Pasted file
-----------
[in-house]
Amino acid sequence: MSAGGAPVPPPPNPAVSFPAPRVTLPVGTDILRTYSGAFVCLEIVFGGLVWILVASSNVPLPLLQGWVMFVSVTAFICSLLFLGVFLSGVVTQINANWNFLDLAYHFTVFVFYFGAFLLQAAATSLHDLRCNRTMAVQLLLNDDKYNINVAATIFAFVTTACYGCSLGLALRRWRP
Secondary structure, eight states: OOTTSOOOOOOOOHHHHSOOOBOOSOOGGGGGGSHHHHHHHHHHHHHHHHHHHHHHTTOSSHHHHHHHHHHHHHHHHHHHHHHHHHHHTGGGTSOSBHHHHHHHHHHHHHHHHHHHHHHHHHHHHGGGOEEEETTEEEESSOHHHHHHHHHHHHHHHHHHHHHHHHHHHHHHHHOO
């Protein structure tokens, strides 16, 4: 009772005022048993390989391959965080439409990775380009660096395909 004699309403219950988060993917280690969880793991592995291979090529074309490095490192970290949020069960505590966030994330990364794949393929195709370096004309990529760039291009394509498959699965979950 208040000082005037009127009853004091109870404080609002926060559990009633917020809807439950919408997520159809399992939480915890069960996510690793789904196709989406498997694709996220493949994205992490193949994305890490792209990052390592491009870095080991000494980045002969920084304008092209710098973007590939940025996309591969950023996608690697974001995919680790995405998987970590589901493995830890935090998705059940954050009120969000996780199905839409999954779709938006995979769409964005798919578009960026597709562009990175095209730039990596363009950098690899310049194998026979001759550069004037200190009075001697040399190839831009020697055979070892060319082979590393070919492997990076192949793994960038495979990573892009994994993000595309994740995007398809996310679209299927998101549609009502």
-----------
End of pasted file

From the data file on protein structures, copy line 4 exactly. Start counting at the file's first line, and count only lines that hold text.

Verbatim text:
């Protein structure tokens, strides 16, 4: 009772005022048993390989391959965080439409990775380009660096395909 004699309403219950988060993917280690969880793991592995291979090529074309490095490192970290949020069960505590966030994330990364794949393929195709370096004309990529760039291009394509498959699965979950 208040000082005037009127009853004091109870404080609002926060559990009633917020809807439950919408997520159809399992939480915890069960996510690793789904196709989406498997694709996220493949994205992490193949994305890490792209990052390592491009870095080991000494980045002969920084304008092209710098973007590939940025996309591969950023996608690697974001995919680790995405998987970590589901493995830890935090998705059940954050009120969000996780199905839409999954779709938006995979769409964005798919578009960026597709562009990175095209730039990596363009950098690899310049194998026979001759550069004037200190009075001697040399190839831009020697055979070892060319082979590393070919492997990076192949793994960038495979990573892009994994993000595309994740995007398809996310679209299927998101549609009502």